Konami's NES Box Art: So Good, So Bad

Konami's NES Box Art: So Good, So Bad

Konami deserves to be singled out in the grand, ongoing discussion about video game box art -- though not always for the best reasons.

Last week, I singled out some of the best box art adorning NES games. Being a clever and astute bunch, many of you noted that games by Konami (and its subsidiary, Ultra Games) rightfully featured prominently in the line-up.

We're all in agreement that Konami deserves to be recognized for its work. The studio knows there's enormous marketing power in box art, and it took the time and care to dress up its games in technicolor dream coats. Moreover, Konami's games usually lived up to the amazing experience portrayed on the front of those iconic silver boxes.

This game had blades, and they were indeed steeled.

But while Konami's box art became famous in the '80s for being good, it gradually became infamous as the information highway hooked gamers together in the '90s and early aughts. Much of Konami's box art, especially the early stuff, straight-up lifted heroes, monsters, and scenes from paintings, book covers, and action movies.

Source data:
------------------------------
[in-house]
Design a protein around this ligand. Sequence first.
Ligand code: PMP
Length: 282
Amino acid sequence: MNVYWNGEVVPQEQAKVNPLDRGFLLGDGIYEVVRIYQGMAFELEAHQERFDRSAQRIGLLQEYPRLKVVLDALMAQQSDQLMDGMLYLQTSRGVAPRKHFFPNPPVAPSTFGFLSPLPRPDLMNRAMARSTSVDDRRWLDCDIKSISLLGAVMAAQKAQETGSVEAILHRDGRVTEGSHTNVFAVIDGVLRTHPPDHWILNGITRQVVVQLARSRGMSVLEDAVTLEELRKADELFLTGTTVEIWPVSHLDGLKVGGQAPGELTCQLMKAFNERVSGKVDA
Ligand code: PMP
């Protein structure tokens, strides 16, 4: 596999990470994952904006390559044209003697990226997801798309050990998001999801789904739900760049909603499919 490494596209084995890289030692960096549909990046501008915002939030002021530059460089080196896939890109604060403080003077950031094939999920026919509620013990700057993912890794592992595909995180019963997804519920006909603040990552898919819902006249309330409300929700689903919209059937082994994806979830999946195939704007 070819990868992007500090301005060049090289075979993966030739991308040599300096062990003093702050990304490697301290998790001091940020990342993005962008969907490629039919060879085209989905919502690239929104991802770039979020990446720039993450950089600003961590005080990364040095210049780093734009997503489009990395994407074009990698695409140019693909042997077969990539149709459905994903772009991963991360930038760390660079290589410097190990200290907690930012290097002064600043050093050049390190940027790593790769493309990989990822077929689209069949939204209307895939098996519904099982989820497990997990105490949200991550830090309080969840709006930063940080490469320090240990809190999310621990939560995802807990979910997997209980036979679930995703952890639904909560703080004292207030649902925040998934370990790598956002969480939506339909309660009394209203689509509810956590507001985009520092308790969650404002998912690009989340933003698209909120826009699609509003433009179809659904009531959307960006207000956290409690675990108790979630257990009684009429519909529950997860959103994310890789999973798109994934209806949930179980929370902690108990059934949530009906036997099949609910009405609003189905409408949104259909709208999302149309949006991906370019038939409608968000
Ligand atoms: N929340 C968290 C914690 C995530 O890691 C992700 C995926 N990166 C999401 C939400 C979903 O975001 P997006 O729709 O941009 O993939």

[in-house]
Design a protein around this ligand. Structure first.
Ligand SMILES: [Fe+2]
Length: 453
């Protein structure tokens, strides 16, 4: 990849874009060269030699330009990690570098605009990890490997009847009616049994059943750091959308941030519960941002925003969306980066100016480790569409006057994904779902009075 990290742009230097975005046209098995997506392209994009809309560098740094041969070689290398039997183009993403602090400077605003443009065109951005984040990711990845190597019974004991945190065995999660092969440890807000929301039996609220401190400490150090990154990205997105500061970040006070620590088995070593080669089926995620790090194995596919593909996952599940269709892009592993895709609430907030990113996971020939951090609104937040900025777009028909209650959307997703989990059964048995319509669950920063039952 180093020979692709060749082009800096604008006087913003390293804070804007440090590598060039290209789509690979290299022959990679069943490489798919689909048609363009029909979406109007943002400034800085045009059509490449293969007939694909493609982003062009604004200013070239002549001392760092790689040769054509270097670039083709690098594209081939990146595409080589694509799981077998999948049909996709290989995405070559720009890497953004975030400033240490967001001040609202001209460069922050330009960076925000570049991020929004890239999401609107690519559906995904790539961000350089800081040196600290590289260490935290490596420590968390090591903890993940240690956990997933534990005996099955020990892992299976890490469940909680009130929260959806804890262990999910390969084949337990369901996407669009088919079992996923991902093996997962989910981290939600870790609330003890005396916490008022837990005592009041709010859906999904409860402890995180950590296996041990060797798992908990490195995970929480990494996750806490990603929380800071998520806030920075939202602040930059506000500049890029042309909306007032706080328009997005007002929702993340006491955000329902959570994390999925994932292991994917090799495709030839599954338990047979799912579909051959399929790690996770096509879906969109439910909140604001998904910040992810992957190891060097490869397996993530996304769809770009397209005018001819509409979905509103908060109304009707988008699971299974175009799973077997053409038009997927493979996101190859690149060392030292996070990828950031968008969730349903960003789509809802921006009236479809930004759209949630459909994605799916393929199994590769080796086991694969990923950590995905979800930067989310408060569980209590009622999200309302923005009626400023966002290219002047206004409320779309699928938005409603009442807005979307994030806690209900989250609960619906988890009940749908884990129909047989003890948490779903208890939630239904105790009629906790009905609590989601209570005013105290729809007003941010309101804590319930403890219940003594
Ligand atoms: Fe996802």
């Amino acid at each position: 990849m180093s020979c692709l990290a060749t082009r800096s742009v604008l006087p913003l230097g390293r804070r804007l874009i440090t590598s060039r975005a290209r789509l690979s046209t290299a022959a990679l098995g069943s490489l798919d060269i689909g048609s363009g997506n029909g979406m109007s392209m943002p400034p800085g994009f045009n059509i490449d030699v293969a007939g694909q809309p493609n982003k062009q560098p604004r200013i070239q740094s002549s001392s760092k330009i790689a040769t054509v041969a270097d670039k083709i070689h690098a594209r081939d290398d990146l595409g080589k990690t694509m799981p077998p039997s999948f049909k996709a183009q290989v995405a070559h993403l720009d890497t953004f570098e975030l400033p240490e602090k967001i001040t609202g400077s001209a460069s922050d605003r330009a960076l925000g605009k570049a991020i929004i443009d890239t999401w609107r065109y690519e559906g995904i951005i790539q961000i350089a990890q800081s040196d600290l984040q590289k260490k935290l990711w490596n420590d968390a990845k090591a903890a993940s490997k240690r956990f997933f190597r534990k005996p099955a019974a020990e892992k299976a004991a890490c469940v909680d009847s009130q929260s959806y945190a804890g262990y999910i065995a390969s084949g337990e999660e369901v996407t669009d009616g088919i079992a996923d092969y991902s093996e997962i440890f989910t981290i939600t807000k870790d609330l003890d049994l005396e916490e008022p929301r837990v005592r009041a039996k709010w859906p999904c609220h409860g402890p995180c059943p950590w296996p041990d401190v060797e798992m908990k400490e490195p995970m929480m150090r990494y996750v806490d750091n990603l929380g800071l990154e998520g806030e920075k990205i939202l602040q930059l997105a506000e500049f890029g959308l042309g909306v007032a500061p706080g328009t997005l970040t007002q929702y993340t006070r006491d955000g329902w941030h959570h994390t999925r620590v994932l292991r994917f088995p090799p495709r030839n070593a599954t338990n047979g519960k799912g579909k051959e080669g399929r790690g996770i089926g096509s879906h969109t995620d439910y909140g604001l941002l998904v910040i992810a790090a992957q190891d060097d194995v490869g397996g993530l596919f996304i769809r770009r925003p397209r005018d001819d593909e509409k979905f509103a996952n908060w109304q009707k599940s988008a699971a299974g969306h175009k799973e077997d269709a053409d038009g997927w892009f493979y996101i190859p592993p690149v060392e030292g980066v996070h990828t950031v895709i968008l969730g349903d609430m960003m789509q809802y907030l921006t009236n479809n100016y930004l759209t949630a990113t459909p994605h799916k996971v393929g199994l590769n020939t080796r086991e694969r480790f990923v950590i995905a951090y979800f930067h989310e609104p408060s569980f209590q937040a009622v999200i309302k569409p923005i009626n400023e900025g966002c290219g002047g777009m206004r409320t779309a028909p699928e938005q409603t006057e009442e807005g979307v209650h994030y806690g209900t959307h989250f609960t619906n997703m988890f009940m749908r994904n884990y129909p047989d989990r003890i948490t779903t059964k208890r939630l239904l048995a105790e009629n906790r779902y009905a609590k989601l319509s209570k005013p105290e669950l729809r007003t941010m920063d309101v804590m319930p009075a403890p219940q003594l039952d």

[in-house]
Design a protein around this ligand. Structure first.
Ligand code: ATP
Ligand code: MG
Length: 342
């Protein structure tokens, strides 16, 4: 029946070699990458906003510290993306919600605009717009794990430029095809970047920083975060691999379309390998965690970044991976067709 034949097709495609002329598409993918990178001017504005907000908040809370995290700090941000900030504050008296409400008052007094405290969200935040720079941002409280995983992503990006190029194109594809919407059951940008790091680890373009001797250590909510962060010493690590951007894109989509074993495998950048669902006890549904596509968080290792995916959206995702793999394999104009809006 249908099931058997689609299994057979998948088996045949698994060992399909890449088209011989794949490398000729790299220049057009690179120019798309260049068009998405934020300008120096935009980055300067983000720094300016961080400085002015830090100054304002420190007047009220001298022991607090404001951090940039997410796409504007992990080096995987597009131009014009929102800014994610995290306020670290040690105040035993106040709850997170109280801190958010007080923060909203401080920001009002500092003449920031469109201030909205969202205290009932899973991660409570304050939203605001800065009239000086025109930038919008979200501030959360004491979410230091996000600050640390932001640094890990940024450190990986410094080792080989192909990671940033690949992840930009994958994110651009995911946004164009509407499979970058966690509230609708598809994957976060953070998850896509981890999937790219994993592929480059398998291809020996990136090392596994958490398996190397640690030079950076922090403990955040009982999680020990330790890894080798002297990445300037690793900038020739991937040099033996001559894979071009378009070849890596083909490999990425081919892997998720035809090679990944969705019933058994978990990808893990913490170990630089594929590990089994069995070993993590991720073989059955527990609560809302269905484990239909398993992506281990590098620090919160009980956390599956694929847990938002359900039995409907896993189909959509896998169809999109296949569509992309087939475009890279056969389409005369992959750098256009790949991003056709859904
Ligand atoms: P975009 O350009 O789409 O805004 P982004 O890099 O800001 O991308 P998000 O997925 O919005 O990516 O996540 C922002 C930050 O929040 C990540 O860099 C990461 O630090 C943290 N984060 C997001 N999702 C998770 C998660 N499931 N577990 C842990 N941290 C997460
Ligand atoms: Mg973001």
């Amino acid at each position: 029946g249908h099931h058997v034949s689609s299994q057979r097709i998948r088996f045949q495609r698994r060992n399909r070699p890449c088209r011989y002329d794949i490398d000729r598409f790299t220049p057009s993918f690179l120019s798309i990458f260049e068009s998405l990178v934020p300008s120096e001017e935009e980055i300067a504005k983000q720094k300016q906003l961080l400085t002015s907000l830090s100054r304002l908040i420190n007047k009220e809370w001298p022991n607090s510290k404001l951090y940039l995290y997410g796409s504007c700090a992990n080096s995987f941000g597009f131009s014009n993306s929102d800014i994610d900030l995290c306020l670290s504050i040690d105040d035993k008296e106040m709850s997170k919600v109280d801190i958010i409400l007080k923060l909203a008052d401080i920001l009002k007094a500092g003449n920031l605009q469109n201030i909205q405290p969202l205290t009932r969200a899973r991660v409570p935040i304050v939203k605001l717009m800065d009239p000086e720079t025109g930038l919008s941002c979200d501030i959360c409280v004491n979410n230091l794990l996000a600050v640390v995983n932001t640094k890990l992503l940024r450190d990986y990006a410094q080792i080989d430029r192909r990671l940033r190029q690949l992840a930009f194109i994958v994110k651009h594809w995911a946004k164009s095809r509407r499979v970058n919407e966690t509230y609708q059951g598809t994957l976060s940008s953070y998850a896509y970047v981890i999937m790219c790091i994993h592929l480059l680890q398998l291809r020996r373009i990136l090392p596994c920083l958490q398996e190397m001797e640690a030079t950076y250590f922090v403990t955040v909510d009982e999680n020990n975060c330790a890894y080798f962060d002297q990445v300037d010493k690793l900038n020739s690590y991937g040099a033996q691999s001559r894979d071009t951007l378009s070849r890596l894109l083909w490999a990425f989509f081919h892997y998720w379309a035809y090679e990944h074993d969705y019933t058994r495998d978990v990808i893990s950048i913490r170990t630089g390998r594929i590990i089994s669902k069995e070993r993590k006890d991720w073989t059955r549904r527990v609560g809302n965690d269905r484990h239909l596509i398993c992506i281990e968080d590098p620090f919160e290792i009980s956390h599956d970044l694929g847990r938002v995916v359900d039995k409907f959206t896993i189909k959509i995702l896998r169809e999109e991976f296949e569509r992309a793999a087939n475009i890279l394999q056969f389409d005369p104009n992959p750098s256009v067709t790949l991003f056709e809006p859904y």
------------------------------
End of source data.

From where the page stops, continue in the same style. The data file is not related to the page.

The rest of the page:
Even when Konami didn't engage in the artistic variation of Finders-Keepers, its box art sometimes turned out a little weird-looking, or promised experiences that weren't in the game – though that usually wasn't the fault of the box artist.

Let's continue our NES box art appreciation by breaking down the good, bad, and "???" of Konami's packaging.

Castlevania (1986)

Shout-out to Arcade Sushi for pointing out how closely the box art for Simon Belmont's inaugural vampire-shredding adventure mirrors another work of fantasy. The Norseman, a classic '70s painting by Frank Frazetta, was obviously the inspiration for Castlevania's box art.

I think "inspiration" is the key word here, though. It's not uncommon for artists to use references in this way (though citation is customary), and the Castlevania box art still carries its own style and message. Not to far down the road, we'll see Konami basically break out a transparent cell, slap it on someone else's work, and whip out a Sharpie.